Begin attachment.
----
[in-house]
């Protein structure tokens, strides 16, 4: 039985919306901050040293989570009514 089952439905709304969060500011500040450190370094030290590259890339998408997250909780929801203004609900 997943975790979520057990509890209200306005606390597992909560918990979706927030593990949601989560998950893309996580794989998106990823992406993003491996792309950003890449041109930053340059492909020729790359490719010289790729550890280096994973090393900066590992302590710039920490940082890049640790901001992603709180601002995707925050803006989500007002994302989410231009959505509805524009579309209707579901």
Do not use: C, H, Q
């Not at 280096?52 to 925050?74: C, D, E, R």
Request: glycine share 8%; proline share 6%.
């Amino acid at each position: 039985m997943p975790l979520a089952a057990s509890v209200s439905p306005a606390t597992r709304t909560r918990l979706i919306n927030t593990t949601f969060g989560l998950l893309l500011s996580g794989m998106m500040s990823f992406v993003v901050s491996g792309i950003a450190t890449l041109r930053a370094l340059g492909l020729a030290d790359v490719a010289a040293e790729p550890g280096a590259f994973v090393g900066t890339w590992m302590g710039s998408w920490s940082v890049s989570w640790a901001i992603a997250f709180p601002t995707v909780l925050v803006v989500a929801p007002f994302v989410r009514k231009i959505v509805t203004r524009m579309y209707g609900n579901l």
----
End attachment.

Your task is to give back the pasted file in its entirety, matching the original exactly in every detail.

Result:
[in-house]
């Protein structure tokens, strides 16, 4: 039985919306901050040293989570009514 089952439905709304969060500011500040450190370094030290590259890339998408997250909780929801203004609900 997943975790979520057990509890209200306005606390597992909560918990979706927030593990949601989560998950893309996580794989998106990823992406993003491996792309950003890449041109930053340059492909020729790359490719010289790729550890280096994973090393900066590992302590710039920490940082890049640790901001992603709180601002995707925050803006989500007002994302989410231009959505509805524009579309209707579901």
Do not use: C, H, Q
């Not at 280096?52 to 925050?74: C, D, E, R």
Request: glycine share 8%; proline share 6%.
């Amino acid at each position: 039985m997943p975790l979520a089952a057990s509890v209200s439905p306005a606390t597992r709304t909560r918990l979706i919306n927030t593990t949601f969060g989560l998950l893309l500011s996580g794989m998106m500040s990823f992406v993003v901050s491996g792309i950003a450190t890449l041109r930053a370094l340059g492909l020729a030290d790359v490719a010289a040293e790729p550890g280096a590259f994973v090393g900066t890339w590992m302590g710039s998408w920490s940082v890049s989570w640790a901001i992603a997250f709180p601002t995707v909780l925050v803006v989500a929801p007002f994302v989410r009514k231009i959505v509805t203004r524009m579309y209707g609900n579901l």